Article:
The Schwab Yield Plus fund was supposed to be an ultra short term bond fund which was a “smart alternative for your cash,” but investors who expected the safety of a money market fund have suffered significant damages. As shown by this Morningstar report, the fund invested almost 50% of its assets in mortgage related securities.
Investors who invested in the Schwab YieldPlus fund expecting a cash or money market alternative and subsequently lost a portion of their savings should contact an attorney to discuss their legal options. Greco & Greco is a law firm experienced in filing arbitration claims against brokerage firms based on misrepresentations, omissions, securities fraud, and other wrongful conduct.
Some Auction Rate Securities to be bought back at discount
The Missouri Higher Education Loan Authority announced this week that it would begin buying back a portion of its auction rate securities at a discount on the Restricted Securities Trading Network. See the related news stories in Forbes and the St. Louis Business Journal.
This news is a mixed blessing for investors stuck with these or other auction rate securities. While such a buy-back will finally allow them to escape from these investments, they will probably have to take a loss on the investment if it is bought back at a discount on a secondary market. Many investors around the country were sold auction rate securities by major brokerage firms who incorrectly claimed they were safe, liquid, cash equivalents. This has turned out to not be the case as evidenced by the collapse of the auction markets earlier this year. Such sales practices can form the basis for claims of federal and state securities fraud among other causes of action.
If you are an investor who was sold Auction Rate Securities, and you would like to discuss your legal options with an attorney, please Contact Greco & Greco.
Auction Rate Securities Failures
Auction Rate Securities and Auction Rate Preferred Securities (ARS) are securities made up of long term bonds or preferred stock with variable interest rates and yields. The yields are periodically reset through Dutch auctions. ARS are often marketed and sold by a single dealer with the only resale market being through a successful auction. Problems have arisen in recent months as a result of the failures of the auctions, leaving investors in the lurch and unable to redeem the security. As set out in this SmartMoney article, ARS have been marketed as a safe, liquid alternative to money market funds. Investors believing they had their money in a safe liquid investment are understandably concerned by the failures in the marketplace for these securities, and our firm has been monitoring the situation closely and discussing the matter with concerned individuals and businesses. Misrepresentations and omissions in the sale of a security can form the basis for a claim for securities fraud as well as other legal claims for recovery of damages.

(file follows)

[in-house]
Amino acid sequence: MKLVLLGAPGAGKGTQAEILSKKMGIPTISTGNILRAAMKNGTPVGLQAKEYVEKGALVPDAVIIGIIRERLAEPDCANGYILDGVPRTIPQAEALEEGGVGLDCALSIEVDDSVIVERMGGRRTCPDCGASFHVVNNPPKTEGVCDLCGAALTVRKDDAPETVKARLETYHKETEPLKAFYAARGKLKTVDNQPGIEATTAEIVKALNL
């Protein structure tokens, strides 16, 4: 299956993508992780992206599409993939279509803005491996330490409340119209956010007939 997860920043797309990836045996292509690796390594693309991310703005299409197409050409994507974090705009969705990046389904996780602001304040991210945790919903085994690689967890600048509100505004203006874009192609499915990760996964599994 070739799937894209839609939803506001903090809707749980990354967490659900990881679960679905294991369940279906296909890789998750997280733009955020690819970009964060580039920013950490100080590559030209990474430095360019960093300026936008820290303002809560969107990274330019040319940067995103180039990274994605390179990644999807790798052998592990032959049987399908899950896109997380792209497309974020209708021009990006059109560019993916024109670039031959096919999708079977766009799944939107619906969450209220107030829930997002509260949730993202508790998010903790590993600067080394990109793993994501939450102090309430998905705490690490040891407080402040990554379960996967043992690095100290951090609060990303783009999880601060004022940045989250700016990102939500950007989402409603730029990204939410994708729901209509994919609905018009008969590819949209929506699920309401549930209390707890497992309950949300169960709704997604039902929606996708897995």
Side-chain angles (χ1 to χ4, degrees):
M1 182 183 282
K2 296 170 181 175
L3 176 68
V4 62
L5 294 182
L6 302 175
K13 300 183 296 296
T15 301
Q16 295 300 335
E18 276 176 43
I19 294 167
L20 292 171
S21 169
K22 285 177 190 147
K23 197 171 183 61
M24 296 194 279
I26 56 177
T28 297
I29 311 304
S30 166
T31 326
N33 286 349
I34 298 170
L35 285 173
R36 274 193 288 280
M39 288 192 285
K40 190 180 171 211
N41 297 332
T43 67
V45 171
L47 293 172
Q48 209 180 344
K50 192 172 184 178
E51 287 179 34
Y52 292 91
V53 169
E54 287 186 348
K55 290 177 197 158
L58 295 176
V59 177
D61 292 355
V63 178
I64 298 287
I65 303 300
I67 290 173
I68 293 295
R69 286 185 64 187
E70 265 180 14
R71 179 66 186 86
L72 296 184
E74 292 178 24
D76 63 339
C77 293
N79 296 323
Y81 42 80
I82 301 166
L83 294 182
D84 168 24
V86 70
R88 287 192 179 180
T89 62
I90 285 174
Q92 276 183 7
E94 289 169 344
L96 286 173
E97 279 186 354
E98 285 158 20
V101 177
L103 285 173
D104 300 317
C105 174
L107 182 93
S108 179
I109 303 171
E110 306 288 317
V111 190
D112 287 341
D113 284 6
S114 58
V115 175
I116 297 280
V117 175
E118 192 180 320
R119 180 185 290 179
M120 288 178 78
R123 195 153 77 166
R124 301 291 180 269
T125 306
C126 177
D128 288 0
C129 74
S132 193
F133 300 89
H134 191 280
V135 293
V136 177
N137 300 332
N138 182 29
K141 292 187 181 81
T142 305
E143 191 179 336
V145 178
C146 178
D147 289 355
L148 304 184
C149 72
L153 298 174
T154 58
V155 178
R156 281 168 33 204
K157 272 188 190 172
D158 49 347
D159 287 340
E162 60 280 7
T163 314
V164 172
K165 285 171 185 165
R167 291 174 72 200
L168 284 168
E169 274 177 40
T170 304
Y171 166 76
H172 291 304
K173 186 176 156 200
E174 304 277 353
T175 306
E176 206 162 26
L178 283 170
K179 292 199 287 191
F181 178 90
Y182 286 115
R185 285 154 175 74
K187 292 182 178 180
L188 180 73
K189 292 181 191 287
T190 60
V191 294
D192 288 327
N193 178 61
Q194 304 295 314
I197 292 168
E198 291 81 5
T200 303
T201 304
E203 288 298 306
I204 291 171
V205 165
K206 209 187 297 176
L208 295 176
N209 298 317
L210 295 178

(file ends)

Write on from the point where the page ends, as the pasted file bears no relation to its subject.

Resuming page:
As recently as 2006, the SEC censured 15 of the largest brokerage firms for sales and auctions of Auction Rate Securities. As stated by the SEC in its press release, “since the firms were under no obligation to guarantee against a failed auction, investors may not have been aware of the liquidity and credit risks associated with certain securities.” The SEC further stated that “the firms violated Section 17(a)(2) of the Securities Act of 1933, which prohibits material misstatements and omissions in any offer or sale of securities.” The fifteen firms which were censured were Bear, Stearns & Co., Inc., Citigroup Global Markets, Inc., Goldman Sachs & Co., J.P. Morgan Securities, Inc., Lehman Brothers Inc., Merrill Lynch, Pierce, Fenner & Smith Incorporated, Morgan Stanley & Co. Incorporated/ Morgan Stanley DW Inc., RBC Dain Rauscher Inc., A.G. Edwards & Sons, Inc., Morgan Keegan & Company, Inc., Piper Jaffray & Co., SunTrust Capital Markets Inc., Wachovia Capital Markets, LLC, and Banc of America Securities LLC. Read the SEC Order here.
UBS appears to be the first firm to actually begin lowering the values of auction rate securities on its customers’ statements, as reported by many news sources on March 29 including this Reuters article. Citing a Wall Street Journal article, Reuters reported that the markdowns could exceed 20 percent for some customers. Additional concessions from other firms may be forthcoming as the first quarter of 2008 ends.
State Regulators, including Massachusetts, have also begun investigations of the auction rate securities market with Massachusetts reportedly issuing subpoenas to UBS, Merrill Lynch, and Bank of America.
The Financial Industry Regulatory Authority (FINRA) released an Investor Alert on March 31, 2008 regarding auction rate securities which purports to set out various options for investors stuck with these products. FINRA, which claims to be a “trusted advocate for investors,” notably fails to mention contacting an attorney or filing an arbitration claim as options. If you are an investor who was sold Auction Rate Securities, and you would like to discuss your legal options with an attorney, please Contact Greco & Greco.
Posted by W. Scott Greco on 03/03/08.